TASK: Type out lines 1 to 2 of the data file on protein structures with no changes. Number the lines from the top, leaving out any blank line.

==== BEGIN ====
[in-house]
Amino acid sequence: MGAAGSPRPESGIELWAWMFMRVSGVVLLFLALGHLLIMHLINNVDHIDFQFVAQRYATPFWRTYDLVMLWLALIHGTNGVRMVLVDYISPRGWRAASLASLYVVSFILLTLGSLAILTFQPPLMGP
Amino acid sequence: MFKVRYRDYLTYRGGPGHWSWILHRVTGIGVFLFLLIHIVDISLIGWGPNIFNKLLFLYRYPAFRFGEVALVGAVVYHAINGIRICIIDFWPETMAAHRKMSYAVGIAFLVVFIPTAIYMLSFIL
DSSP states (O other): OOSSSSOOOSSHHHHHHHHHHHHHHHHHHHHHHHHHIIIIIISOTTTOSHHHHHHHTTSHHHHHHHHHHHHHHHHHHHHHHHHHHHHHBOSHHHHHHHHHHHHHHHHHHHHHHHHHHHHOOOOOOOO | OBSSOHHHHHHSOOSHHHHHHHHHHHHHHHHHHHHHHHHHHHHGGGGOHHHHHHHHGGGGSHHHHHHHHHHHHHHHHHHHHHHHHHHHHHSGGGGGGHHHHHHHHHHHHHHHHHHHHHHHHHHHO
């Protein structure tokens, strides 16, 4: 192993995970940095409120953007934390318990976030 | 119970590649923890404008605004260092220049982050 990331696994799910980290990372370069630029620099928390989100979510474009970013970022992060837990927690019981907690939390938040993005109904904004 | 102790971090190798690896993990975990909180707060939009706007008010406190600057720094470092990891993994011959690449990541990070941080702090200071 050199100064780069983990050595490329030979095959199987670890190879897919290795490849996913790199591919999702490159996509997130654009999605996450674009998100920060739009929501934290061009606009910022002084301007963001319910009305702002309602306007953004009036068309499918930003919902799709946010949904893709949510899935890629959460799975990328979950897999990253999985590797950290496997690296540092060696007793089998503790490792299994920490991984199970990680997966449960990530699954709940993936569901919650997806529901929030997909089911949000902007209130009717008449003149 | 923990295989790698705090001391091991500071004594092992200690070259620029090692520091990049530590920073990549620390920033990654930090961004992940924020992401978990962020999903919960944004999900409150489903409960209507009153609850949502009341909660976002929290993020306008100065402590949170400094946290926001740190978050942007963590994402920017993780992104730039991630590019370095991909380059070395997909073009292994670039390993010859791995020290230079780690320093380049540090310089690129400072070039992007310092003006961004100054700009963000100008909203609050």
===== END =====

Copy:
[in-house]
Amino acid sequence: MGAAGSPRPESGIELWAWMFMRVSGVVLLFLALGHLLIMHLINNVDHIDFQFVAQRYATPFWRTYDLVMLWLALIHGTNGVRMVLVDYISPRGWRAASLASLYVVSFILLTLGSLAILTFQPPLMGP